Jan 15 Posted 2 years ago Interesting article thanks for the POV and insights. A few thoughts to consider: * Privacy regulations vary by country this will result in fragmentation of insights. Global dashboards will be crippled by a lowest common denominator phenomenon. Result is continued reliance on local management with deep ties to cultural issues and usage behavior. * Data regulation and privacy legislation is on the rise with very substantive penalties being pursued in places like EU * New business models and tools are developing to address privacy concerns. Concern for privacy typically is expressed by 60% of internet audience and tools and services like Duckduckgo are on the way to empower consumers that seek to retain their privacy. These informed consumers may opt out of the data pipe. * Distillation of actionable insights from non-structured data analytics is more art than science at this time, good decisions and automation are a ways off. Need for good empathetic managers with feel for customers will still be required. * An enterprise contact strategy for customers is difficult to enforce. Marketing will likely develop policies/rules but then rely on specialized functional groups and more empowered to address customers needs to engage consumers. * Contact strategy will need to address marketing, sales, billing, support, account management and potentially others functional teams and external white labeled vendor/partner organizations. While business intelligence and customer insights will continue to improve marketing 2014 is not a nexus point. This is a continuum of innovation and it will evolve over the next 5 years into a sensory network and automated personalized response engines. Many companies will try to look for savings in automation. These brands may lose a human element and the accompanying positive sentiment that drives preferences. http://www.linkedin.com/in/frankjramirez/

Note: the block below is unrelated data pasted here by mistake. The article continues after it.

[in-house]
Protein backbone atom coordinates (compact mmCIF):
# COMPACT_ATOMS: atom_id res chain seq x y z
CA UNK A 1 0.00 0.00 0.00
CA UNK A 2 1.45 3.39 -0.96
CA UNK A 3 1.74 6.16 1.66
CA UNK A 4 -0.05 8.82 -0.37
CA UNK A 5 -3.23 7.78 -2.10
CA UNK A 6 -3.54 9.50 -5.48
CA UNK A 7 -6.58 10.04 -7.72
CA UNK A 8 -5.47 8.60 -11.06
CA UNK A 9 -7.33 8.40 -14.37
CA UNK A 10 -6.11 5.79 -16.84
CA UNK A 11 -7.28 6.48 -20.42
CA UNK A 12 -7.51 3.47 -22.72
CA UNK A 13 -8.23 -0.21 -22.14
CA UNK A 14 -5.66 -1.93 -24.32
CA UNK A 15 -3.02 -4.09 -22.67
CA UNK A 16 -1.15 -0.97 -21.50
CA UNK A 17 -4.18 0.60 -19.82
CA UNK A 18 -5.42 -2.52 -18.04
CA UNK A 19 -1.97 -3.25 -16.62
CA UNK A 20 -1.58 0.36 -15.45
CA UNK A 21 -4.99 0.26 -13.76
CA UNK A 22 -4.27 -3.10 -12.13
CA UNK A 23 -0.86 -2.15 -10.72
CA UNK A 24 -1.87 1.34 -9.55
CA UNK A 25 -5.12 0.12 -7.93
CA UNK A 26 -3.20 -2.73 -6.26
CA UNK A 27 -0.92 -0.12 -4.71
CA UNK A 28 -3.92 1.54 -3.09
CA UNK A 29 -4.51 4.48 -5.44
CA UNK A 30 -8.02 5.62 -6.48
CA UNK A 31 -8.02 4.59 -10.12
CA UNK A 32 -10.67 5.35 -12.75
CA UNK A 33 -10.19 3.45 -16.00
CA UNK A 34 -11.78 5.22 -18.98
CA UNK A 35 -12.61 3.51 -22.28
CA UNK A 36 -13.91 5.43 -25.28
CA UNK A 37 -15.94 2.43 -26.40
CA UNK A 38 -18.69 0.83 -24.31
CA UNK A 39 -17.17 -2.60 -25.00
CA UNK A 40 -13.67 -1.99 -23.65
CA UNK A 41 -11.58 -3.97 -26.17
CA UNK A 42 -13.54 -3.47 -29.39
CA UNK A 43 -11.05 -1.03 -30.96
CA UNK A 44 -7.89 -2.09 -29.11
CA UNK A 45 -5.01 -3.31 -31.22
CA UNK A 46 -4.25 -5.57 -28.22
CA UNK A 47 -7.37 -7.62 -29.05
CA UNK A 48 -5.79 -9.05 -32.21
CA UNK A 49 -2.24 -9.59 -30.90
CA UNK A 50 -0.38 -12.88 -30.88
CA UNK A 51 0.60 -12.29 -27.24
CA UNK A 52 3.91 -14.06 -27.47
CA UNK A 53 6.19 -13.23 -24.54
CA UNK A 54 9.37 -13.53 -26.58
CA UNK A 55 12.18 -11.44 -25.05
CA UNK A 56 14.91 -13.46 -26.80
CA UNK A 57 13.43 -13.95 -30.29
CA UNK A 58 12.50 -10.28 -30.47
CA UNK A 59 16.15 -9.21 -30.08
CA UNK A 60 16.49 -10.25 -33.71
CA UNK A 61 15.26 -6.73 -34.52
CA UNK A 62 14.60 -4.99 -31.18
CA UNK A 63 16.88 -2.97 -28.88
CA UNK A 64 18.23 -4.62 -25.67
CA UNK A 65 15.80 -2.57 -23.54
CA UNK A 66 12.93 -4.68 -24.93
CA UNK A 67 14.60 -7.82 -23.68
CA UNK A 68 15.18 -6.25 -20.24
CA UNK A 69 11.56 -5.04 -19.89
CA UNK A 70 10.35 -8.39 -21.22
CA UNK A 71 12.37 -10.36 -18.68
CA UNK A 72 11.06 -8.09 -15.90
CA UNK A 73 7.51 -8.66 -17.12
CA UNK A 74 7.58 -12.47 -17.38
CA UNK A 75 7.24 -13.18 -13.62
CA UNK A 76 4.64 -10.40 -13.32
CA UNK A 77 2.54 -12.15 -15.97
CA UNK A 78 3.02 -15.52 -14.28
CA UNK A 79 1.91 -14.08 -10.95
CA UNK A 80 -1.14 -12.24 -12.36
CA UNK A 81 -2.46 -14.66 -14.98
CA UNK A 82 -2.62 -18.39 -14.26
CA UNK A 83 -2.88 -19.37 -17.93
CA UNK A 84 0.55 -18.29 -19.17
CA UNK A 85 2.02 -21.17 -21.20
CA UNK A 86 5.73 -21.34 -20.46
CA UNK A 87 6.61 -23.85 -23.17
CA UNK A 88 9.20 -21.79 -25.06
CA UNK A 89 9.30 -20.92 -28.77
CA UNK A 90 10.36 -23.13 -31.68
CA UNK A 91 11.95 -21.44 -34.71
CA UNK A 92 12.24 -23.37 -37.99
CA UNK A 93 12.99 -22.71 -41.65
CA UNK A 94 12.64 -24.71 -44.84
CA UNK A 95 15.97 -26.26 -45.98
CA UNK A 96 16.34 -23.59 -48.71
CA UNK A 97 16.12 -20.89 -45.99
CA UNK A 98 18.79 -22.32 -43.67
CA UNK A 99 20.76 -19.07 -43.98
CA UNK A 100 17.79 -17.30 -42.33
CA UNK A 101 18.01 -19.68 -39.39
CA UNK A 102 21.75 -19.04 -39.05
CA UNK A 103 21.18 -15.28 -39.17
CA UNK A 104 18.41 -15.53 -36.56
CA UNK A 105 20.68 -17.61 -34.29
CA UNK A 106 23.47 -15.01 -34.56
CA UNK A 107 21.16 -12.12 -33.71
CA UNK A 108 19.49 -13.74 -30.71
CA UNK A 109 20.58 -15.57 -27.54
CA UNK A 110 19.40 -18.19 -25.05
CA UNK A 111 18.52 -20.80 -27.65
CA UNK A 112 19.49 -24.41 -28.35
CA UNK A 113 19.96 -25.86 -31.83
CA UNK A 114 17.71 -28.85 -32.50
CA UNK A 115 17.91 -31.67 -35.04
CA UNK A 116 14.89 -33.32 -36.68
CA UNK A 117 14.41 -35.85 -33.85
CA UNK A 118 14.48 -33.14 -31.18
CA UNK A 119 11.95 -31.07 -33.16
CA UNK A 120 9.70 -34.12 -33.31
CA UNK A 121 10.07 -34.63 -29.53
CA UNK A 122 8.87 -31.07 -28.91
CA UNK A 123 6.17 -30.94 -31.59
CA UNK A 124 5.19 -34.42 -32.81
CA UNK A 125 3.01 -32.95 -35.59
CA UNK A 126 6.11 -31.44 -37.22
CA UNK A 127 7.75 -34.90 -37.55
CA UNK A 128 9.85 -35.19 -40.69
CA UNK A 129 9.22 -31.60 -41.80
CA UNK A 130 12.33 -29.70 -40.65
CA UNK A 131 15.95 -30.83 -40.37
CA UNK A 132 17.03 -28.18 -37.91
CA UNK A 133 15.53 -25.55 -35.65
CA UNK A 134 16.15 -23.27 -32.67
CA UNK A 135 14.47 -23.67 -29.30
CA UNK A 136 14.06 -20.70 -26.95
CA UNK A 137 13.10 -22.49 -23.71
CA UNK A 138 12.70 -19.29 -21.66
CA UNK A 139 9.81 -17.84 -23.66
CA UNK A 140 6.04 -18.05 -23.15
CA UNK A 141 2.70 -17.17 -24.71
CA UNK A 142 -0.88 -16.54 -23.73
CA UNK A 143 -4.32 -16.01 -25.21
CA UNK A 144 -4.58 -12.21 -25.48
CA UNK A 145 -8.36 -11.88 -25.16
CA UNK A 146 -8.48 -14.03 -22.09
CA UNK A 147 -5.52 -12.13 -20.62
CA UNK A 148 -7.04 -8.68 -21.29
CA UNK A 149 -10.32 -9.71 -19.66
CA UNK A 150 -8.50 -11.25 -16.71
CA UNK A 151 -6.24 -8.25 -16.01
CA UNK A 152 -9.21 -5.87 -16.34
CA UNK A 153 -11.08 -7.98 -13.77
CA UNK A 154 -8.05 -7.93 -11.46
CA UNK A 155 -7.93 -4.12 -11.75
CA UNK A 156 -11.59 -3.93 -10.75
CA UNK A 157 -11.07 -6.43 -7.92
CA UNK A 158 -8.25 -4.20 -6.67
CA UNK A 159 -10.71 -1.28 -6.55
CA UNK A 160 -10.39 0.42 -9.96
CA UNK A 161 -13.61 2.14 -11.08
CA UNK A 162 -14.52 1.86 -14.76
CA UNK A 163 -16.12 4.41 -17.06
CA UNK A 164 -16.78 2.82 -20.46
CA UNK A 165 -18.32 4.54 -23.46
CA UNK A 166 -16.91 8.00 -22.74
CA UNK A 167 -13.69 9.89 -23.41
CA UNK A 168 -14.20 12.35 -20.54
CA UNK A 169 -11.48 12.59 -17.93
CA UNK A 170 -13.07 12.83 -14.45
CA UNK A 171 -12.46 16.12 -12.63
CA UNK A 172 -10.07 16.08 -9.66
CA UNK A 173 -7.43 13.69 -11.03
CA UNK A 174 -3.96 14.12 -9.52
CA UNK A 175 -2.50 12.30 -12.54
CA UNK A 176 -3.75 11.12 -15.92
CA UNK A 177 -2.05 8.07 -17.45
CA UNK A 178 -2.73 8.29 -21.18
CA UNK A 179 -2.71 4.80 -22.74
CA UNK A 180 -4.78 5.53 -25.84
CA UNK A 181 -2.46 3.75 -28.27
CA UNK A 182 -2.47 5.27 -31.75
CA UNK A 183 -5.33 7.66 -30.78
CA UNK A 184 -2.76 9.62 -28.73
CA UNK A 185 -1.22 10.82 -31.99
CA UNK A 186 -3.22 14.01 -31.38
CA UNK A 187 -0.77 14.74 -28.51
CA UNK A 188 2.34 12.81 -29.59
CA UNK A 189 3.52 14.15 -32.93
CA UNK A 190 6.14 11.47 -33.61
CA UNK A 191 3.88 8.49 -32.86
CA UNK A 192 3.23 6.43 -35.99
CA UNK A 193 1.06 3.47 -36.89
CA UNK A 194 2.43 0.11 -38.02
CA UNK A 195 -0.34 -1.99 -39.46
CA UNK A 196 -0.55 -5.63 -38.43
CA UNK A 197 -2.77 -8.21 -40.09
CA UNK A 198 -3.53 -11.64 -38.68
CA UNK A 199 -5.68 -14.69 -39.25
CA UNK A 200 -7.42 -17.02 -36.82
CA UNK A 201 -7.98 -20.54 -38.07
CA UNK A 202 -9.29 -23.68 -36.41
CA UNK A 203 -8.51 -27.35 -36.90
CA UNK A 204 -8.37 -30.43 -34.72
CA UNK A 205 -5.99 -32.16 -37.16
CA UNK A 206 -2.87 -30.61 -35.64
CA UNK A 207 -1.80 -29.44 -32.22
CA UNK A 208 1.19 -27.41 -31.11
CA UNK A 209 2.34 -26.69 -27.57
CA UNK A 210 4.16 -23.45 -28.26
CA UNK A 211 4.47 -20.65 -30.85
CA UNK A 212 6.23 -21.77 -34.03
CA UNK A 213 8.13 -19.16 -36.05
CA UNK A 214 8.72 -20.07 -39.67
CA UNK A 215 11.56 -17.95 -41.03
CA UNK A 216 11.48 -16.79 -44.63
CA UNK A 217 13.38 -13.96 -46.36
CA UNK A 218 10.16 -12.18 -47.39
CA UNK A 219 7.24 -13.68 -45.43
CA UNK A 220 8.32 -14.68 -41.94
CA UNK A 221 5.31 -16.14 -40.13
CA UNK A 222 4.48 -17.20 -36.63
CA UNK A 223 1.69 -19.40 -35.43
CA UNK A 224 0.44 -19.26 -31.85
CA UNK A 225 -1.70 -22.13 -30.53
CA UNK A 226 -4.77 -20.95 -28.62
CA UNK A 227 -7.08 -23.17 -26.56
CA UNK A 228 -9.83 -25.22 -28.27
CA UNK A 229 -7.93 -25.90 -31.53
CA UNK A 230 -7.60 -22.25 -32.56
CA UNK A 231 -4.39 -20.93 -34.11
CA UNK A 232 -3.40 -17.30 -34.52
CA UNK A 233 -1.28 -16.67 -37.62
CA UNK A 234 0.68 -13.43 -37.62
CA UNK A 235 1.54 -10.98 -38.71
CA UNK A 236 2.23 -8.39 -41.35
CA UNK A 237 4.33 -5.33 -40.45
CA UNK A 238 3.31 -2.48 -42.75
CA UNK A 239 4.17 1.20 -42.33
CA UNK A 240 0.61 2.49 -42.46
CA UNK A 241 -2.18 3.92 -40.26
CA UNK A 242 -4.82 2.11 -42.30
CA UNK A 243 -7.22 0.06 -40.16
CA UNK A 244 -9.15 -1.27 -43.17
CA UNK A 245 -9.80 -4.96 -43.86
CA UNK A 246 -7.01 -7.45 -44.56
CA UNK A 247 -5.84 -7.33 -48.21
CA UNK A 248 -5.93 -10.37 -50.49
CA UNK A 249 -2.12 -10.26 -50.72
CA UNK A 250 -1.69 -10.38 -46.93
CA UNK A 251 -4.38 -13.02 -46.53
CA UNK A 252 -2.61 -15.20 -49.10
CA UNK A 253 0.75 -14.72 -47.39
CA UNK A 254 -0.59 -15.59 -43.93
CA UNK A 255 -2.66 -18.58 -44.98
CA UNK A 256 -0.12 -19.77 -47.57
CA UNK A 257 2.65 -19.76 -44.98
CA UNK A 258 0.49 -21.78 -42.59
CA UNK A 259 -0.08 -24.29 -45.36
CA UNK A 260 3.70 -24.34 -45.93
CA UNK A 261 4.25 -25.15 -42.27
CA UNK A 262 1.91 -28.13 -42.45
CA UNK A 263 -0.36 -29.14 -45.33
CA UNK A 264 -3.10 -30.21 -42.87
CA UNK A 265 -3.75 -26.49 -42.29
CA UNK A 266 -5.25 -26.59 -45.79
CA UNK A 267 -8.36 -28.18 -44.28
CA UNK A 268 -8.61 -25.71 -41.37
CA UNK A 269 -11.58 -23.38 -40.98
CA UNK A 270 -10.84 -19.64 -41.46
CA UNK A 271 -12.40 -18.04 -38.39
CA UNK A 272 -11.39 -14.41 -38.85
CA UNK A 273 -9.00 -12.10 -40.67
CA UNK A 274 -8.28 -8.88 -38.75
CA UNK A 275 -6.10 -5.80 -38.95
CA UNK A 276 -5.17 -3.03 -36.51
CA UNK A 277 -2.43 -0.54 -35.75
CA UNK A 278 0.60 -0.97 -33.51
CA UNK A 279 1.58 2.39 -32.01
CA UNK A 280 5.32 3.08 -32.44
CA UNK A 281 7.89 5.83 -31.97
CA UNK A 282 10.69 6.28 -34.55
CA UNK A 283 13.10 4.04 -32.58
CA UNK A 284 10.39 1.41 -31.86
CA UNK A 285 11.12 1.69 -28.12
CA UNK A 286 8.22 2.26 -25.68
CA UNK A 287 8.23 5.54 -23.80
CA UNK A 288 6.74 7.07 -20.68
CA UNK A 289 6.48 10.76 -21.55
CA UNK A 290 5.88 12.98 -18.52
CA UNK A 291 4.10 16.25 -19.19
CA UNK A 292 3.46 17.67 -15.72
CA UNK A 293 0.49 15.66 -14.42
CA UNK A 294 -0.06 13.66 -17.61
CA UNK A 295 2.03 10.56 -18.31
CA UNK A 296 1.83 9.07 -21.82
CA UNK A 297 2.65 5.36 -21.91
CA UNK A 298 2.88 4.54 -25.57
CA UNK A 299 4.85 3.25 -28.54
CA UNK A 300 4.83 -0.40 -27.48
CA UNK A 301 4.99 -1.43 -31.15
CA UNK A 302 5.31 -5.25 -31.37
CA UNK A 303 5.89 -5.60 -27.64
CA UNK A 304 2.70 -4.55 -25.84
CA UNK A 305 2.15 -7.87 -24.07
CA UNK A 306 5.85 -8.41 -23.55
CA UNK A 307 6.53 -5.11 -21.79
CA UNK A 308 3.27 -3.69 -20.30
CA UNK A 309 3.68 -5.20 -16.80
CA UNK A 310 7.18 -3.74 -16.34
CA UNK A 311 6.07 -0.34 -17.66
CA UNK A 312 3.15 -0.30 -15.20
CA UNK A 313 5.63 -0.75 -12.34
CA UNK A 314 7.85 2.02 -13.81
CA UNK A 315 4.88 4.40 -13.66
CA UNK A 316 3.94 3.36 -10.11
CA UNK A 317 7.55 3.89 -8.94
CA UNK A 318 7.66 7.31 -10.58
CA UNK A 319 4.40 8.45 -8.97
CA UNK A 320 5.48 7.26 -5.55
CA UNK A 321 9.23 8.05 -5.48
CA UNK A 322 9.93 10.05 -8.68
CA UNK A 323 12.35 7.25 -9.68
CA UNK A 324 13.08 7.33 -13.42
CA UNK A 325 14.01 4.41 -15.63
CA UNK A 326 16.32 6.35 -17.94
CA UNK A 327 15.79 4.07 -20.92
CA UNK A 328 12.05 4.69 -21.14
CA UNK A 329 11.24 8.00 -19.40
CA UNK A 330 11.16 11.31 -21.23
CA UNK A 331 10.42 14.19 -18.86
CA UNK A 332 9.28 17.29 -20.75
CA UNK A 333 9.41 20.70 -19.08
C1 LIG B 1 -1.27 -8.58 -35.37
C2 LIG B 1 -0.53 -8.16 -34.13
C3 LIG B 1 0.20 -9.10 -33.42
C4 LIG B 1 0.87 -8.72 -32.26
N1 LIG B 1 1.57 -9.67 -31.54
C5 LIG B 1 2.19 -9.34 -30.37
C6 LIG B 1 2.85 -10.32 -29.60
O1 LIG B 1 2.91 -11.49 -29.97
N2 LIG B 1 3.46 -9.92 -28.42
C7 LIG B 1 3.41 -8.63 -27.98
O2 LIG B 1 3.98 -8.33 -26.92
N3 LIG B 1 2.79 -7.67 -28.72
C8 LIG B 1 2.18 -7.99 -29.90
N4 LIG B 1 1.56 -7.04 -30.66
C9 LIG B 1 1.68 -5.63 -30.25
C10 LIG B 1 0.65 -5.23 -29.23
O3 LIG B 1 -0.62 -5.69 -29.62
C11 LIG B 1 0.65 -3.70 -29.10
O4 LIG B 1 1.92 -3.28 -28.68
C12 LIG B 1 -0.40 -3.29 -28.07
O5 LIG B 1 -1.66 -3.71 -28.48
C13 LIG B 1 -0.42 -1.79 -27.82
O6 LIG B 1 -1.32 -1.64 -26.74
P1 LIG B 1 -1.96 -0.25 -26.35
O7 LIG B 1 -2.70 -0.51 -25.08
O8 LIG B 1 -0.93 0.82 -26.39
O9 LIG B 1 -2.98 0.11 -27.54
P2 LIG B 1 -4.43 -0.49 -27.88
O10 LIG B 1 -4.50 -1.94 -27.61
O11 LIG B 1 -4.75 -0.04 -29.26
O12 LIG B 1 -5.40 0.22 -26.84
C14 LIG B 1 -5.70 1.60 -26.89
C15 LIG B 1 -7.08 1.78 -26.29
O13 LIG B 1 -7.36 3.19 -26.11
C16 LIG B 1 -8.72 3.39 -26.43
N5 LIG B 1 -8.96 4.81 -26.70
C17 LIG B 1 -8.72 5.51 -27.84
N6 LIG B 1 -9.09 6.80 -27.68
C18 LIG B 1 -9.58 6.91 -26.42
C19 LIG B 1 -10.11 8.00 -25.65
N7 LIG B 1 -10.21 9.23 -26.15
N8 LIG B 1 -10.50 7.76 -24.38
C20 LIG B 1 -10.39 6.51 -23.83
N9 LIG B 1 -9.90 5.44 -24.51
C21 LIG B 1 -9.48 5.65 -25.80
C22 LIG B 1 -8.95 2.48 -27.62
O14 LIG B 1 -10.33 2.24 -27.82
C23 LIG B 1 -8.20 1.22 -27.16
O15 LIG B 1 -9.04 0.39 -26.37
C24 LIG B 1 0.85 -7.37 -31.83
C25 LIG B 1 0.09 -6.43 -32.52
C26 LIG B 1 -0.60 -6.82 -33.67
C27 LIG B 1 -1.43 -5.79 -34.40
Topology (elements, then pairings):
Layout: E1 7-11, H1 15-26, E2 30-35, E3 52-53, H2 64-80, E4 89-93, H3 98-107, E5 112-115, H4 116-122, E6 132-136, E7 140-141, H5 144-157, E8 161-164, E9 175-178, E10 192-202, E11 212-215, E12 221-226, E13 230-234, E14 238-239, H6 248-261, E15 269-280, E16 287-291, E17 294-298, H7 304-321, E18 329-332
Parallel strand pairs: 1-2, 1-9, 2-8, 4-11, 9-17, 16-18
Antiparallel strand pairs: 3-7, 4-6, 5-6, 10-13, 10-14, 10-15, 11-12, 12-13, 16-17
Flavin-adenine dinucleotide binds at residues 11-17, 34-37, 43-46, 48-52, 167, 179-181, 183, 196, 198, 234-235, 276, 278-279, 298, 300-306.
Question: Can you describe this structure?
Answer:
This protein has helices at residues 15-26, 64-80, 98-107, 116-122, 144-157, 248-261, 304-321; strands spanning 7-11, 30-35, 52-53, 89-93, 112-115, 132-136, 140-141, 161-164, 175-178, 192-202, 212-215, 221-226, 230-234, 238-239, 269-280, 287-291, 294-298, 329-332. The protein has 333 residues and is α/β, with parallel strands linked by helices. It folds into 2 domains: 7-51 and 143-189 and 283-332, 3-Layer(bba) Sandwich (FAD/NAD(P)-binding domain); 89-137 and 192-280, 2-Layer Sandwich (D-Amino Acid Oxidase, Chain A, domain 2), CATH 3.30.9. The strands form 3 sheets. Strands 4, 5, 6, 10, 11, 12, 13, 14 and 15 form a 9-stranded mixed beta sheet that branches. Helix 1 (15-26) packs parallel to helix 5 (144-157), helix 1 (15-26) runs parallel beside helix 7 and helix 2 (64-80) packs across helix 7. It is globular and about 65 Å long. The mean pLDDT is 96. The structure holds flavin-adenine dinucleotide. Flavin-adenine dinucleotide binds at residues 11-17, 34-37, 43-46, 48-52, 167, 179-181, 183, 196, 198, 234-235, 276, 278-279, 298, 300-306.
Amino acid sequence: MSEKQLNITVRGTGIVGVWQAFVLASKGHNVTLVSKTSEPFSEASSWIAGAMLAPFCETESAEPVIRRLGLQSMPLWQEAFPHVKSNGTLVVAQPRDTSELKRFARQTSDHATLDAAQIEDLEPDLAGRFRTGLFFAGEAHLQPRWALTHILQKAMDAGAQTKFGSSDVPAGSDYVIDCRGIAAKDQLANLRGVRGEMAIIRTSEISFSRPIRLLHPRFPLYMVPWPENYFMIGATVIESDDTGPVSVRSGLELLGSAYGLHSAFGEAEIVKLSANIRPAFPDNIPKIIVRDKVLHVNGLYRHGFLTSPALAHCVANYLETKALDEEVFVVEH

Jan 14 Posted 2 years ago
Finally a social media practicioner who gets what social marketing was designed to do. ( and apparently knows how that without a true understanding that marketing is the lynchpin to its success is doomed to die a slow death. I have to laugh at the the so called social media :mavens" who are totally clueless,
ans think 200 likes on Facebook mean something. Without quantifiication,and the ability(and knowledge) to hopefully build an ongoing relationship with your customer or client makes social media irrelevant.
Its no wonder major Fortune 500 companies are hiring marketing experts, NOT bloggers to RUN their social media programs!!! Any highschooler can blog , which if the results of their efforts cannot be measured are USELESS!!!!!
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